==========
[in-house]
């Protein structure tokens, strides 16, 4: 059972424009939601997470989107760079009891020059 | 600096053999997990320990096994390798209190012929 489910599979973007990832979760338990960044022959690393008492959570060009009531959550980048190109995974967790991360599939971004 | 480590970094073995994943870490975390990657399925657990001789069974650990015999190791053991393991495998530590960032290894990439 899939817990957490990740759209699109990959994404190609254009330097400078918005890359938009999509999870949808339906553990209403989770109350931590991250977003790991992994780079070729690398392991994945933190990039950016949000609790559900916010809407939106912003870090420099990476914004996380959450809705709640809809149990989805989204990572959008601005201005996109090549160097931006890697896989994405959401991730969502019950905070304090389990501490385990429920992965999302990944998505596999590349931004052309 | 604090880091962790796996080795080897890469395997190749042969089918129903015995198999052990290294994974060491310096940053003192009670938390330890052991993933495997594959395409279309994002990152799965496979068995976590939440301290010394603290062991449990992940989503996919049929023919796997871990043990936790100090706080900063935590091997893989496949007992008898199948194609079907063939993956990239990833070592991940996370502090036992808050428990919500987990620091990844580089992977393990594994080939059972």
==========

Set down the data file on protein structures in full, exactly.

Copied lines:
[in-house]
């Protein structure tokens, strides 16, 4: 059972424009939601997470989107760079009891020059 | 600096053999997990320990096994390798209190012929 489910599979973007990832979760338990960044022959690393008492959570060009009531959550980048190109995974967790991360599939971004 | 480590970094073995994943870490975390990657399925657990001789069974650990015999190791053991393991495998530590960032290894990439 899939817990957490990740759209699109990959994404190609254009330097400078918005890359938009999509999870949808339906553990209403989770109350931590991250977003790991992994780079070729690398392991994945933190990039950016949000609790559900916010809407939106912003870090420099990476914004996380959450809705709640809809149990989805989204990572959008601005201005996109090549160097931006890697896989994405959401991730969502019950905070304090389990501490385990429920992965999302990944998505596999590349931004052309 | 604090880091962790796996080795080897890469395997190749042969089918129903015995198999052990290294994974060491310096940053003192009670938390330890052991993933495997594959395409279309994002990152799965496979068995976590939440301290010394603290062991449990992940989503996919049929023919796997871990043990936790100090706080900063935590091997893989496949007992008898199948194609079907063939993956990239990833070592991940996370502090036992808050428990919500987990620091990844580089992977393990594994080939059972």